John Sly (1826-1908), a native of Montgomery County, New York, and his wife Mary J. Hammond (1822-1906), a native of Hope, New York, came to Nemaha Township, Nehama County, Kansas Territory in the Spring of 1857 from Iowa. They built a cabin on Turkey Creek and lived on their 160 acre farm until moving to Seneca in 1878. Mary (Hammond) Sly was well educated, having attended Miss Willard’s Female Seminary in Troy, NY; she was one of the first school teachers in Nemaha County. John and Mary Sly were prominent and consistent members of the Methodist Episcopal church.
Hiram Burgar (1826-1897), a native of Niagara Falls, Canada, and his wife Jane Metcalf (1825-1887) were married in 1850 and came to Nemaha County, Kansas Territory in 1855, taking a claim on Turkey Creek. Hiram moved to Axtell, Kansas in 1890 after his wife died.
Erastus Chalmers Chilson (1840-1900), a native of Geauga County, Ohio, came to Kansas not long after the death of his first wife, Sarah Ann Neill (1838-1863).
Chalmers Chilson was a widower at the time he served on this committee in 1865. His second marriage was to Caroline Fortney (1847-1923) on 1 November 1868 in Waterford, Kansas. The 1880 Census shows him living in Nemaha County. He became a Methodist minister sometime prior to 1870. He is buried in the Dennis Cemetery, southeast of Seneca.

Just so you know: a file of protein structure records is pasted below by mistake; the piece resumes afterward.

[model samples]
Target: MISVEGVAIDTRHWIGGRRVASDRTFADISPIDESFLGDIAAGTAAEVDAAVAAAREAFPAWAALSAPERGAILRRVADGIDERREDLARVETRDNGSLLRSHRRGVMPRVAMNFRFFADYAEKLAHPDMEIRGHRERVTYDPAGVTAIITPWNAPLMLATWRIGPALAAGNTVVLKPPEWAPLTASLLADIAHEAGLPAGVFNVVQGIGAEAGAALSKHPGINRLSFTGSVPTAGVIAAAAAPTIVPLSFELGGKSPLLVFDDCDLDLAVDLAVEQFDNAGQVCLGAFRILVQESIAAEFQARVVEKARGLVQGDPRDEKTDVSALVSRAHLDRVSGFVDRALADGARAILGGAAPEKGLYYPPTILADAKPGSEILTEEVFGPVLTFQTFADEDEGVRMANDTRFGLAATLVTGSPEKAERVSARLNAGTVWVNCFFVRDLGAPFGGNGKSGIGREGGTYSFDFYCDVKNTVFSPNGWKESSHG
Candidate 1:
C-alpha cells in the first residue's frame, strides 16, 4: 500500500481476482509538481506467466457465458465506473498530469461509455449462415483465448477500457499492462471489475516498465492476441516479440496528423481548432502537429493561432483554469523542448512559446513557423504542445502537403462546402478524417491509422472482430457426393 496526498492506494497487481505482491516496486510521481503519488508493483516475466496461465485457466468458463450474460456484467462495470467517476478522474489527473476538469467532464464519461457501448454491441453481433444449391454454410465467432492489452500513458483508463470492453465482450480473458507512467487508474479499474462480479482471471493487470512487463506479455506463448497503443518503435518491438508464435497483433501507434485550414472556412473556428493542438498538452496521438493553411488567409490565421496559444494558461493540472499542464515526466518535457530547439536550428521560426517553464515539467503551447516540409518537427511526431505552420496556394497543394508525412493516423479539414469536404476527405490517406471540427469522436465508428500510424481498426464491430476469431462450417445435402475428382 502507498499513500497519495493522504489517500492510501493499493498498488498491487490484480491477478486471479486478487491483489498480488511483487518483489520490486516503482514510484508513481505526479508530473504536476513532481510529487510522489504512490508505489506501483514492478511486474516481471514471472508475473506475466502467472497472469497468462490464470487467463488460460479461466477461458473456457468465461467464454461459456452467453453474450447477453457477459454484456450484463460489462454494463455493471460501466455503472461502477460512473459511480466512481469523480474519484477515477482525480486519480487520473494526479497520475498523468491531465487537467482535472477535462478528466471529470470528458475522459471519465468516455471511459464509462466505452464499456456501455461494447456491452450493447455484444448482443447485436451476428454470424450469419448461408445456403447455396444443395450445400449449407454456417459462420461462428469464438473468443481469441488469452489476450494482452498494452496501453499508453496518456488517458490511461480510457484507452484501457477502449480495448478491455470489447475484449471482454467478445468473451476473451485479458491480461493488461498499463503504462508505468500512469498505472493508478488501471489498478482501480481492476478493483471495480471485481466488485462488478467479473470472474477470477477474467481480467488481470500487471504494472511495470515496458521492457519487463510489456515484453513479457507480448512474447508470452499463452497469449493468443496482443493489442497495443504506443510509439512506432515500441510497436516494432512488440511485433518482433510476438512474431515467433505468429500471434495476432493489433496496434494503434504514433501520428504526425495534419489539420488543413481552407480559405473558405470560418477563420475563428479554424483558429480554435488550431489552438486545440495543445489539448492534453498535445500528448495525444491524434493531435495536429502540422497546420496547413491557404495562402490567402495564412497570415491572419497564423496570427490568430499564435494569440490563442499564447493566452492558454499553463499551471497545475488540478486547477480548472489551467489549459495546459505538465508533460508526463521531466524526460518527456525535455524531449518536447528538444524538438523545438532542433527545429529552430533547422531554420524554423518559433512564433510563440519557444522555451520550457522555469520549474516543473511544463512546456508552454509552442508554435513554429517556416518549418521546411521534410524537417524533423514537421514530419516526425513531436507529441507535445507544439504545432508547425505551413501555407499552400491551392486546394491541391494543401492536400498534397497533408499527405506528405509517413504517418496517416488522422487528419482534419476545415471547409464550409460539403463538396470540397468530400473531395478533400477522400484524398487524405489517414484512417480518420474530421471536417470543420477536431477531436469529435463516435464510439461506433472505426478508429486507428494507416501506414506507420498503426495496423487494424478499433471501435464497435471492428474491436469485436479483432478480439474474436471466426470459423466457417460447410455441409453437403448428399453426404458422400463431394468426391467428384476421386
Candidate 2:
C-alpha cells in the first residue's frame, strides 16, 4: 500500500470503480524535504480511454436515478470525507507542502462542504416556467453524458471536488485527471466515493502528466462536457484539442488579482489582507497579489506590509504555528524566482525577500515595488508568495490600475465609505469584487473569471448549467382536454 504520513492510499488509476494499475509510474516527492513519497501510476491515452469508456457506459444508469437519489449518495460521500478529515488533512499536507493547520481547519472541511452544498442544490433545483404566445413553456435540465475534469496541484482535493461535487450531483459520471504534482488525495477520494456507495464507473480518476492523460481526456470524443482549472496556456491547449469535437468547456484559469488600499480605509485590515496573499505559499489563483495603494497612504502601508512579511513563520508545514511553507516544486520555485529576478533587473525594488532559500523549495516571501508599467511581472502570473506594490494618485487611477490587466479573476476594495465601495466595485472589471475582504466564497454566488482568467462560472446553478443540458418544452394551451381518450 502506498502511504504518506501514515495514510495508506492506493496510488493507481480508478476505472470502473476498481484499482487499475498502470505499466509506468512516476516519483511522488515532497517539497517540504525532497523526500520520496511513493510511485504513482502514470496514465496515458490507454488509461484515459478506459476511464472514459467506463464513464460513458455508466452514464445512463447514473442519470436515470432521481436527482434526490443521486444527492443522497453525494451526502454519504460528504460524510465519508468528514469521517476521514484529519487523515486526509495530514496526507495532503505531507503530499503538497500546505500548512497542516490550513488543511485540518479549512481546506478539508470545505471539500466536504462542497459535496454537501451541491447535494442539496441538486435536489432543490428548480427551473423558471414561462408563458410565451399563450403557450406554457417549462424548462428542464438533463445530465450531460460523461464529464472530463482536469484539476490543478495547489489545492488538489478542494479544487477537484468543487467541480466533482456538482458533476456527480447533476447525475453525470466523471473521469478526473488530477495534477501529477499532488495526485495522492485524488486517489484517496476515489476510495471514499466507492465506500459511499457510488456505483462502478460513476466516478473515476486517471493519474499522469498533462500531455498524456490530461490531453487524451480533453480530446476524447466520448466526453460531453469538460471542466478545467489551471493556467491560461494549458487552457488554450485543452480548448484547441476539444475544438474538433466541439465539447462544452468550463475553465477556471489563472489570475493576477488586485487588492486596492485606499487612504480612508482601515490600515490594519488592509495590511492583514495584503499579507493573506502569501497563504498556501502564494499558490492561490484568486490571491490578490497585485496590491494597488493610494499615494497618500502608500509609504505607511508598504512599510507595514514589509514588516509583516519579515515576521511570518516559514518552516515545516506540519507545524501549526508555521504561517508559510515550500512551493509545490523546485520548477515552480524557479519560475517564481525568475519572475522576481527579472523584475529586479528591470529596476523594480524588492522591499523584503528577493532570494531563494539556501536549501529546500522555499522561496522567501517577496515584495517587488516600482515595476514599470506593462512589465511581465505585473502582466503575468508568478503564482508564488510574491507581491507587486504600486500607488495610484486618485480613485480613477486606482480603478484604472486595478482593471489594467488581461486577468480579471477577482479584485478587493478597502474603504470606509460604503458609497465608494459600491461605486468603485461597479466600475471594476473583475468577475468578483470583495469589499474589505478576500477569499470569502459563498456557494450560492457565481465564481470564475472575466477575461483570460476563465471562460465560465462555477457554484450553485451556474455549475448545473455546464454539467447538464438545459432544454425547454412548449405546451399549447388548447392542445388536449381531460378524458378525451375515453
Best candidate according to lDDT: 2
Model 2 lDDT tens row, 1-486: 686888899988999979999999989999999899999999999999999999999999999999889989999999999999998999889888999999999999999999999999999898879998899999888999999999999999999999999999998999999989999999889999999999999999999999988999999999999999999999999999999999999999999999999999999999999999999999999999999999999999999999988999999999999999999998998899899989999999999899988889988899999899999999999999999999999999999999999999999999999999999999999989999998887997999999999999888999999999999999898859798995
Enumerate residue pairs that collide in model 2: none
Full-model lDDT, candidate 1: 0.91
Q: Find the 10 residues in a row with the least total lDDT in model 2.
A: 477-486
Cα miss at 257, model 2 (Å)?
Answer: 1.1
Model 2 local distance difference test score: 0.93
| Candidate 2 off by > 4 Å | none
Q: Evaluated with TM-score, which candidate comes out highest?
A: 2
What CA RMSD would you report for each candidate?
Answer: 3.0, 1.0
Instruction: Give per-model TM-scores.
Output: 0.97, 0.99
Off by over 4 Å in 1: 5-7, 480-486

William Frank Wells (1835-?), a native of Pennsylvania, came to Valley Township, Nemaha County, Kansas Territory with his parents in May 1856 when he was a young man. His parents, William Riley Wells and Betsy K. Skinner had previously settled in LaSalle County, Illinois in 1845. William served as the Nemaha County clerk in 1863.
Joseph Guffie [or Guffy] (1839-1920), a native of Putnam County, Ohio, came to Capioma Township, Nemaha County, Kansas Territory about 1860. He was a farmer in Kansas but served with Co. D, 57th Ohio Regiment during the Civil War. In 1869, he married Elizabeth Sheets (1841-1879). They are buried in Ford Cemetery southeast of Seneca.
Austin Sawyer Avery (1841-1925), a native of Ohio, came to Rock Creek Township, Nemaha County, Kansas prior to the 1860 U.S. Census where he is enumerated in the household of his uncle, Joseph Coleman. In 1869, he married his first cousin, Esther Luella Coleman. They were divorced in 1876 and he took as his second wife, in 1879, Jeannett Osborne. They eventually moved to Woodston, Rooks County, Kansas. [Sawyer Avery is mentioned in Rev. James S. Griffing’s letter of 31 August 1864.]
Sarah A. Chilson (1842-1897) was the sister of Erastus Chalmers Chilson mentioned previously. In 1874, she married Frederick Kruger (1841-1900), a native of Hanover, Germany. She came to Nemaha County, Kansas prior to 1865 with her parents, Alfred Chilson (?-1895)and Mehitable Butts (1812-1892).
Amanda [Arminda] Ford (1849-1920), a native of Ohio, came to Capioma Township, Nemaha County, Kansas prior to the 1860 U.S. Census with her parents, John M. Ford (1829-1912) and Margaret Huffman (1829-1859). Arminda married John Wesley Culler (1847-1896) in October 1867. Arminda and John are buried in Ford Cemetery southeast of Seneca.
Sally Ann Wells (1842-1891) was a sister of William Frank Wells, mentioned above. She was a school teacher in Nemaha County and, in 1872, she married Samuel S. Campbell (b. 1843), a carpenter from Indiana. She is buried in Seneca Cemetery.
Emma Coleman (1850-1927) came to Nemaha County, Kansas from Summit County, Ohio prior in 1865 with her father, Joseph H. Coleman (1815-1878), a native of Connecticut, and her stepmother, Elizabeth [Rebecca] Shearer (1826-?), a native of Pennsylvania. By about 1875, she had married O. B. Robinson. By the time of her death in 1927, she was living in Sabetha.